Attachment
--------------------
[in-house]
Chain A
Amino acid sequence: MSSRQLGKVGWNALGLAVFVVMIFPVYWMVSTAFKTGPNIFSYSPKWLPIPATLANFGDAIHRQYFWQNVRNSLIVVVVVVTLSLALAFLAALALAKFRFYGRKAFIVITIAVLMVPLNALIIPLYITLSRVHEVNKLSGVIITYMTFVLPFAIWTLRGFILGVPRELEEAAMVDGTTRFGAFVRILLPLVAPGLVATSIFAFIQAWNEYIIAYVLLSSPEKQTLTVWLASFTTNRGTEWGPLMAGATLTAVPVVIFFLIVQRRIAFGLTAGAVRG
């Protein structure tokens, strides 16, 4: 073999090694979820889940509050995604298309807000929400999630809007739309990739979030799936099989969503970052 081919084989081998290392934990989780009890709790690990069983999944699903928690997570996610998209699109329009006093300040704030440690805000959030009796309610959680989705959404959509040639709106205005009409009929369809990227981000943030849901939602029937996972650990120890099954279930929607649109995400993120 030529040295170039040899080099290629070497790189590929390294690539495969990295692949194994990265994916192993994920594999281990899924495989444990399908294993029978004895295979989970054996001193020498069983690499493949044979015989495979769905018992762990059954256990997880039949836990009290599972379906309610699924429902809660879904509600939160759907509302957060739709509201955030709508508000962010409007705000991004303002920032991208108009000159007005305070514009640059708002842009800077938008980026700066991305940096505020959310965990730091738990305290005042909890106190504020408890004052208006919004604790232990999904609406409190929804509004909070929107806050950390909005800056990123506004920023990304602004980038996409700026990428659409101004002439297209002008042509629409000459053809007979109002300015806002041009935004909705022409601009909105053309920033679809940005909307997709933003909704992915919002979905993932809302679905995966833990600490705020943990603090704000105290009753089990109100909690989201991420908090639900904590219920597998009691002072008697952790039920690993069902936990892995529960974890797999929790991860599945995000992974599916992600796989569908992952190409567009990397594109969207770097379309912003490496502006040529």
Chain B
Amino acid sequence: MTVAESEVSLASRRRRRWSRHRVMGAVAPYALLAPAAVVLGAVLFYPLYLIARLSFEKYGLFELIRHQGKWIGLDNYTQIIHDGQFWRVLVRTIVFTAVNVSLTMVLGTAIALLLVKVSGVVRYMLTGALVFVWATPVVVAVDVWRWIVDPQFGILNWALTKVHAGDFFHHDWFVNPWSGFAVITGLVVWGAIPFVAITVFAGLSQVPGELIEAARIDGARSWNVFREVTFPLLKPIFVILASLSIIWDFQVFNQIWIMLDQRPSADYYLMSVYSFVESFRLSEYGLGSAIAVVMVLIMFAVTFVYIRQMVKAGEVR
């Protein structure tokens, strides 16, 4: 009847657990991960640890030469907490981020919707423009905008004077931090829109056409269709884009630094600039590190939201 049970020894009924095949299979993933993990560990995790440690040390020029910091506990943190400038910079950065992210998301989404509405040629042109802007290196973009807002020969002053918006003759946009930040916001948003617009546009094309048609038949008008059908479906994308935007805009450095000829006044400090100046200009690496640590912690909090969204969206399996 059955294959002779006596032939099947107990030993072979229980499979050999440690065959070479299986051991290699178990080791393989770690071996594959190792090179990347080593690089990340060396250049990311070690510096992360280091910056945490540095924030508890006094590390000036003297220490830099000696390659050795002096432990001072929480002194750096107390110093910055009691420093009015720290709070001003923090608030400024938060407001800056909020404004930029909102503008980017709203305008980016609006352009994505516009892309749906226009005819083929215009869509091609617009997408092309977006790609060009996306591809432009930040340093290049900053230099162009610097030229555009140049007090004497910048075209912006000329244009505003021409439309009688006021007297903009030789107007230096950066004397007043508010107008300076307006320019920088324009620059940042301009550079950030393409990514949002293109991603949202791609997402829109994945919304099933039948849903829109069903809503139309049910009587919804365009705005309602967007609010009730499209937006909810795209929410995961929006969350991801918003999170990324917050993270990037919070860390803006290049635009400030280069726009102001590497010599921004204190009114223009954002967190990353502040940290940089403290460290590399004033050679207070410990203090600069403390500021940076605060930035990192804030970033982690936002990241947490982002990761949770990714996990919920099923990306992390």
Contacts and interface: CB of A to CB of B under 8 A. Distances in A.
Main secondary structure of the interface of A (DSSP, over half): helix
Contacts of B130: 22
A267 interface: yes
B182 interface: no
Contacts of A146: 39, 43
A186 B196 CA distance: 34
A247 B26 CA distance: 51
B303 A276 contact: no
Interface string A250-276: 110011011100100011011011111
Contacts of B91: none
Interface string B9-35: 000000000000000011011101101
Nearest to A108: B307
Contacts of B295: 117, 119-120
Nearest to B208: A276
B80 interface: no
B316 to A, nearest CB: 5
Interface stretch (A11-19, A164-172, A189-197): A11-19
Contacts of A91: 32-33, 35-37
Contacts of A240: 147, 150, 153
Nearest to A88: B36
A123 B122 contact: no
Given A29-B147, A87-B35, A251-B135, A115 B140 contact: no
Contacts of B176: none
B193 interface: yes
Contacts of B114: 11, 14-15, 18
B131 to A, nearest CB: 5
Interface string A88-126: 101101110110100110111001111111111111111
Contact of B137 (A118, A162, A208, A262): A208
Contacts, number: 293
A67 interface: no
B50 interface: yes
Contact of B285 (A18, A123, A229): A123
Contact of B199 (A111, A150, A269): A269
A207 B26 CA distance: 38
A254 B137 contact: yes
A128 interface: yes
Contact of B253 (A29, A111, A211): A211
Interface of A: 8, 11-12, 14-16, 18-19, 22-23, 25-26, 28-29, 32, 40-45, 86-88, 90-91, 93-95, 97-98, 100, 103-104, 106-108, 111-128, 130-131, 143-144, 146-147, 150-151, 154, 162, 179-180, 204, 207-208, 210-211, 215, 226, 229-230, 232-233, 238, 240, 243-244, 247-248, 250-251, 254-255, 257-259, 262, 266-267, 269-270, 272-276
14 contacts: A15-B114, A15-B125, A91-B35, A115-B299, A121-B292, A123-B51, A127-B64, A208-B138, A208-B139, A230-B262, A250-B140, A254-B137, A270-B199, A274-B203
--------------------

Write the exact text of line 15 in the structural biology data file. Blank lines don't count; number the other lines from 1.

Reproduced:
A247 B26 CA distance: 51